The Ministry of the Interior yesterday announced guidelines for funerals, and visits to temples and national parks, to take effect after a nationwide COVID-19 alert is downgraded to level 2 on Tuesday next week.
People paying their respects to a deceased person should nominate one representative to attend the funeral, the ministry said.
The number of people who can attend a ceremony at a funeral home would be limited according to the venue’s size, it said, adding that venues should inform people of attendance limits.
Outdoor ceremonies should be attended by no more than 100 people, the ministry said.
Columbaria would also be open for visitors once the alert level is lowered, it said, adding that attendance would be limited according to the venue’s size.
Disease control measures, including mask wearing and temperature checks, should be conducted and the premises should be disinfected regularly, it said.
Columbarium operators who cannot effectively limit attendance can continue holding Ghost Festival rites without allowing mourners to attend, the ministry said.
Temples would be open to individual worshipers and religious gatherings, the ministry said.
The maximum number of attendees would be up to 50 for indoor events and 100 for outdoor gatherings, it said.
Firms should observe disease prevention guidelines when conducting pudu (普渡, “universal salvation”) ceremonies for their employees, the ministry said, referring to a traditional ceremony to honor deceased ancestors on the 15th day of the seventh lunar month, also known as Ghost Month.
Large religious events, such as processions, pilgrimages and feasts, are still prohibited, the ministry said.
Cabins in ecological preserves and national parks would remain closed, while camping grounds and other outdoor facilities would reopen, it said.
Visitor flow would be regulated and COVID-19 prevention measures remain in place, it said, adding that parking lots would operate at 50 percent capacity.
Depending on the development of the COVID-19 situation and the behavior of national park visitors, the ministry might implement rolling measures should the need arise, it said.
The limit of indoor gatherings at 50 people would also allow for the resumption of in-person meetings of political parties, and civic and community groups, as well as corporate board meetings, it said.
However, gatherings of between 51 and 100 people would have to be held outdoors, it said, adding that organizers of larger meetings would have to divide the gathering into sub-groups or use teleconferencing.
Meetings that do not allow for appropriate disease prevention measures would have to be postponed, the ministry added.
OFFLINE: People who do not wish to register can get the money from select ATMs using their bank card, ID number and National Health Insurance card number Online registration for NT$6,000 (US$196.32) cash payments drawn from last year’s tax surplus is to open today for eligible people whose national ID or permanent residency number ends in either a zero or a one, the Ministry of Finance said on Monday. Officials from the ministry revealed which days Taiwanese and eligible foreigners would be able to register for the cash payments at a joint news conference with the Ministry of Digital Affairs. Online registration is to open tomorrow for those whose number ends in a two or three; on Friday for those that end in a four or five: on Saturday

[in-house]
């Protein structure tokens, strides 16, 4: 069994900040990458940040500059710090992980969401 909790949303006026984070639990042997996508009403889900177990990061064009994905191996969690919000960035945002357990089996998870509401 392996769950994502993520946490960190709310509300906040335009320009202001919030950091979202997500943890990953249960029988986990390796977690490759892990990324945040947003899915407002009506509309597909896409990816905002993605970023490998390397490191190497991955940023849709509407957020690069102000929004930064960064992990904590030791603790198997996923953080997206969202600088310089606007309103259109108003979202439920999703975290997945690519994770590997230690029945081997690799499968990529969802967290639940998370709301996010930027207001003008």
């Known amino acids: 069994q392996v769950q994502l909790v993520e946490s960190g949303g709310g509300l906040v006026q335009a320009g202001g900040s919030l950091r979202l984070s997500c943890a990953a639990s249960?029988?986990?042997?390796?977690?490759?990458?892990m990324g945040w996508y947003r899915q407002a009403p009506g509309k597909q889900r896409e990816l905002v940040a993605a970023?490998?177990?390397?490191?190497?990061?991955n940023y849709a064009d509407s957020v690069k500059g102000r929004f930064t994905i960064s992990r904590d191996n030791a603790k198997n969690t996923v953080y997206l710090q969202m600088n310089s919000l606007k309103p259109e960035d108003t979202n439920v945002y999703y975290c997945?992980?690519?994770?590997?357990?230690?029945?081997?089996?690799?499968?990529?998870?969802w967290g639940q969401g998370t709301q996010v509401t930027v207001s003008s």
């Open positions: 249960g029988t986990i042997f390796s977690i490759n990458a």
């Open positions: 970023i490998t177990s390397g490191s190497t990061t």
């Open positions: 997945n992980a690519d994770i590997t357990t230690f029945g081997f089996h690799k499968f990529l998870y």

Civil Aeronautics Administration (CAA) officials are investigating why a Starlux Airlines flight to Penang, Malaysia, returned to Taiwan Taoyuan International Airport nearly two hours after takeoff yesterday morning. The airline said in a statement that Flight JX721 to Penang took off from Taoyuan airport at 9:20am. “After the dashboard showed a signal of an abnormality in the hydraulic system, the captain followed standard operating procedures and returned the flight to Taoyuan airport for safety precautions,” the airline said, adding that the flight landed safely at the airport at 11:04am. The airline arranged for the passengers to have lunch after the flight landed and
TECH PROGRAM: A US official said that an important part of the delegation’s trip would be to meet with Taiwan Semiconductor Manufacturing Co executives The US is to send officials in charge of chip development to Taiwan, Japan and South Korea to promote cooperation in the global semiconductor supply chain, the US Department of Commerce said on Tuesday. Chips Program Office Director Michael Schmidt announced the visit, which marks the first time officials from the office are to visit the three nations since it was set up in September last year. “As semiconductors and technologies continue to evolve, the United States will keep working with allies and partners to develop coordinated strategies to ensure that malign actors cannot use the latest technologies to undermine our collective
WORKING UP AN APPETITE: Sales at the Rueifong Night Market surged 20 to 30 percent, while seats at Liouhe Night Market were packed until 1am, market officials said South Korean pop band Blackpink’s concerts over the weekend in Kaohsiung helped draw large crowds to local night markets, the Kaohsiung City Government said yesterday. The two concerts on Saturday and Sunday at Kaohsiung National Stadium drew more than 90,000 people. The city government offered NT$50 vouchers to spend locally to concertgoers who showed their ticket stubs. Liouhe Night Market (六合夜市) management committee head Chuang Chi-chang (莊其章) said that crowds over the weekend surged at about 10pm and the market remained packed until 1:30am. “Almost all the seats were filled,” Chuang said. Night market stall owners had stocked up in expectation of an increased number